Chronic low-grade inflammation in obesity is characterized by an increased production of pro-inflammatory and chemotactic cytokines that are contributing to insulin resistance and related co-morbidities. Cytokines act in networks and exhibit pleiotropic effects so we investigated the circulating levels of a wide array of cytokines (pro and anti-inflammatory, chemotactic and growth factors) in a canine model of weight loss. The dogs served as their own control in order to study the impact of weight loss independent of potential confounding factors, such as history of excess weight or gender. While low-grade inflammation had been previously investigated in obese dogs by measuring changes in adipokines, acute phase proteins and key pro-inflammatory cytokines, to the best of our knowledge this is the first study to evaluate how weight loss impacts a wide array of circulating cytokines. Eighteen overweight Beagle dogs were recruited (six spayed females and 12 neutered males), and none of them were grossly obese according to the body condition score (BCS). All the dogs reached an ideal weight by the end of the program. Parameters were assessed before (baseline), at mid-point (month 3) and at end-point (month 6). Plasma GM-CSF, IL-2, Il-4, IL-6, IL-7, IL-8, IL-10, IL-15, IL-18, IFNγ, IP-10, TNFα, monocyte chemotactic protein 1 (MCP-1), keratinocyte chemokine (KC) were measured with canine multiplex immunoassays. Fat mass was assessed by dual energy X-ray absorption (DEXA). Several cytokines decreased throughout the weight loss program (p<0.01) and were correlated with the percentage of fat measured by DEXA (p<0.05): chemotactic (MCP-1), growth factors (GM-CSF, IL-7 and IL-2), and pro-inflammatory (KC and IL-18). We could not show trends for several cytokines, possibly because their level may be lower than the assay sensitivity: anti-inflammatory (IL-4 and IL-10), and pro-inflammatory (IL-6 and TNFα). In conclusion, while our findings for several pro-inflammatory and chemotactic cytokines are in accordance with human and rodent studies, we may have identified additional cytokines, such as growth factors, related to obesity-induced low-grade inflammation. Considering the weight loss was enabled by an adjusted diet, the role of this association of cytokines in insulin resistance and related co-morbidities needs to be clarified. Our results could help better understand the cytokine biology in dogs, and as such are relevant for further elucidating the relationship between immune function and metabolism/nutrition.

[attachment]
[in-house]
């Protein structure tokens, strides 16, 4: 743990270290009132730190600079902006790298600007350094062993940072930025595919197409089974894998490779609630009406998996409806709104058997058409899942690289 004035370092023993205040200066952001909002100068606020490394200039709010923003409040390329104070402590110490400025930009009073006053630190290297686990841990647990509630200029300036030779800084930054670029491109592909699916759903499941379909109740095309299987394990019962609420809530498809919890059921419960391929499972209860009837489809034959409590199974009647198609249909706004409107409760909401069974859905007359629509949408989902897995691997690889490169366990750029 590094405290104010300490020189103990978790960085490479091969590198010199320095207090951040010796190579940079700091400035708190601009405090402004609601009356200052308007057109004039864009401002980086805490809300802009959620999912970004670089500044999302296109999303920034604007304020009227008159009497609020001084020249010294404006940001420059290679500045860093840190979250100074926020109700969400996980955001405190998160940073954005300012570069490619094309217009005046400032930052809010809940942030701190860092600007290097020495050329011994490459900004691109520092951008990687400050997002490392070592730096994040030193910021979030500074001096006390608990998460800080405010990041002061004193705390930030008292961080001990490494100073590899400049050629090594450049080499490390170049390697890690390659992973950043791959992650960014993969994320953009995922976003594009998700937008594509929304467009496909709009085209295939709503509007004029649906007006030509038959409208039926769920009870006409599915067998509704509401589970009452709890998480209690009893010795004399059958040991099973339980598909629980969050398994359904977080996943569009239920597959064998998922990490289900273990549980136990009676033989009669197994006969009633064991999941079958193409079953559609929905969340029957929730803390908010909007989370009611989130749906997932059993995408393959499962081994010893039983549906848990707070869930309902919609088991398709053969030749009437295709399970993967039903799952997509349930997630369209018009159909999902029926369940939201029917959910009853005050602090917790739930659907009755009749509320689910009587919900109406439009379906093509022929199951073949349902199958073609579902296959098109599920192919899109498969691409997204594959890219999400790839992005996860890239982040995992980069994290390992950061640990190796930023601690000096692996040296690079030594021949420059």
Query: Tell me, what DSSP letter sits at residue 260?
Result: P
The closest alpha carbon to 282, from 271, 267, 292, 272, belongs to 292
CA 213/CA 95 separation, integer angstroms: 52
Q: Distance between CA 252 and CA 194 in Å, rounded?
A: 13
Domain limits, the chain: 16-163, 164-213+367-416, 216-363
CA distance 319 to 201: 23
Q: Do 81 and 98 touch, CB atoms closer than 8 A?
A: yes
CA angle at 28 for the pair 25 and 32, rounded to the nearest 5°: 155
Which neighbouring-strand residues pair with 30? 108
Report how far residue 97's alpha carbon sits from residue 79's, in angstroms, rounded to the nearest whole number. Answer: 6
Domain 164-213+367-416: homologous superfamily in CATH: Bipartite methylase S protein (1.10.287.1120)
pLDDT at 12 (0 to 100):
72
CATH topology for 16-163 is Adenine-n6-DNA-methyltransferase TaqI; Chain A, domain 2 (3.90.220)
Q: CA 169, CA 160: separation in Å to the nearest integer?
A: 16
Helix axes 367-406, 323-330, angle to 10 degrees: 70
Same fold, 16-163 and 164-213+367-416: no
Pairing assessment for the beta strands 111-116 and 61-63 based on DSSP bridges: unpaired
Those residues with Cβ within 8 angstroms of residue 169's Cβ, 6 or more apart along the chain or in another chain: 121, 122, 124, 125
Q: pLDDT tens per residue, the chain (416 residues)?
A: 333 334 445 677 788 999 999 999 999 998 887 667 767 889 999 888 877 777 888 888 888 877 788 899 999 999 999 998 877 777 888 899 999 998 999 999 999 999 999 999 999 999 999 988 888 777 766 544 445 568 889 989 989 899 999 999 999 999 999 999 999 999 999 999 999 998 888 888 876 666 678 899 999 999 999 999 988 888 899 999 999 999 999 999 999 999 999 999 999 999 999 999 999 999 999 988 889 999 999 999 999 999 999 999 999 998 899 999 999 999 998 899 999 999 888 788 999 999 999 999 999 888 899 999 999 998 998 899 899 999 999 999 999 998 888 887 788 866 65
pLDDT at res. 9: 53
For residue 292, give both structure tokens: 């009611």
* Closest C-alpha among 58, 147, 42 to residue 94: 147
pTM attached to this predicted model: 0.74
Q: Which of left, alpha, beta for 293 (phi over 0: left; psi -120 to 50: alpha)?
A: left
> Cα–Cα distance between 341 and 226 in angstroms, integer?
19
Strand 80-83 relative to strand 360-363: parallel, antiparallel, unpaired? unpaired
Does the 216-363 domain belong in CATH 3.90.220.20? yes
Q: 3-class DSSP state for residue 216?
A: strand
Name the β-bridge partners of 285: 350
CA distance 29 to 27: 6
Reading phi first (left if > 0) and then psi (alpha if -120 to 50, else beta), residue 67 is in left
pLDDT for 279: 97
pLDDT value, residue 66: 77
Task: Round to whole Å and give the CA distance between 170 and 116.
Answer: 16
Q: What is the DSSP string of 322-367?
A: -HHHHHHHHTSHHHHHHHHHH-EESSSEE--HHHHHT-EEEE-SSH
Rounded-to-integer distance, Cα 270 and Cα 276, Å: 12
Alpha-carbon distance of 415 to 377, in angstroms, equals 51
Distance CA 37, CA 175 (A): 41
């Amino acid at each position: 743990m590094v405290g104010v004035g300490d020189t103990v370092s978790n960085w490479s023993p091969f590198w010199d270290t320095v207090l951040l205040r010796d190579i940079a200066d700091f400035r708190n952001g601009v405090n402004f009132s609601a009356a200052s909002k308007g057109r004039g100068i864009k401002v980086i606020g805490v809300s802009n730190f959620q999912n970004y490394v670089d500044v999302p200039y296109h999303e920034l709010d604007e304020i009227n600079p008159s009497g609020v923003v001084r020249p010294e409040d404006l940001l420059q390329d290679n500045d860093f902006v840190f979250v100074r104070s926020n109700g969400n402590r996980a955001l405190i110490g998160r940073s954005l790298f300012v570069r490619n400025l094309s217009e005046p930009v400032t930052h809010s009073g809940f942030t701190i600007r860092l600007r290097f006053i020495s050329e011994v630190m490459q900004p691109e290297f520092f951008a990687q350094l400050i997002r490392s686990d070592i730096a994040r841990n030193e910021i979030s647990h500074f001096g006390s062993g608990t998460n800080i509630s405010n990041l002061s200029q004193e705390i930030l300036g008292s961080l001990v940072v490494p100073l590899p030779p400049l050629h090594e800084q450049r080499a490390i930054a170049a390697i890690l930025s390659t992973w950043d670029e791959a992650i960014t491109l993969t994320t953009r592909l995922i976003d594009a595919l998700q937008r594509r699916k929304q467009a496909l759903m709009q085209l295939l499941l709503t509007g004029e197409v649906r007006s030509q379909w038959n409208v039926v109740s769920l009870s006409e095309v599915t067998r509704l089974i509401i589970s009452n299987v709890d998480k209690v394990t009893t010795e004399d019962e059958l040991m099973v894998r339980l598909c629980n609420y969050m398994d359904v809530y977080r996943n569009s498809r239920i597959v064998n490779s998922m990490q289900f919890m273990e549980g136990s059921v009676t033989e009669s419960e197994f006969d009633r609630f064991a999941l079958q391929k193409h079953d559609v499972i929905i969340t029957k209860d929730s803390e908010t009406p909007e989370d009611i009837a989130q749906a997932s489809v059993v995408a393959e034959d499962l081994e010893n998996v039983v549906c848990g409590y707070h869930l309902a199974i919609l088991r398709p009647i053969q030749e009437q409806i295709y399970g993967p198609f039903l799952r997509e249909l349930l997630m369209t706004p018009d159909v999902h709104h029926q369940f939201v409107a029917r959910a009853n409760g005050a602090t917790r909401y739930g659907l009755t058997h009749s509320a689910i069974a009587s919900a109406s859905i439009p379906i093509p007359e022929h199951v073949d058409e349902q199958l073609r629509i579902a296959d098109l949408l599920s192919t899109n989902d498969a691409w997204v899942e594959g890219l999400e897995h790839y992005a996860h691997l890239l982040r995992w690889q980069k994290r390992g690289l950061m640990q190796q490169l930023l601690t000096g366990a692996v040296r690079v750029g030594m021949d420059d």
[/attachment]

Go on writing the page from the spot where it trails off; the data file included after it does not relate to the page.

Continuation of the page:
Keywords: IL-18; IL-7; Inflammation; MCP-1; Obesity.
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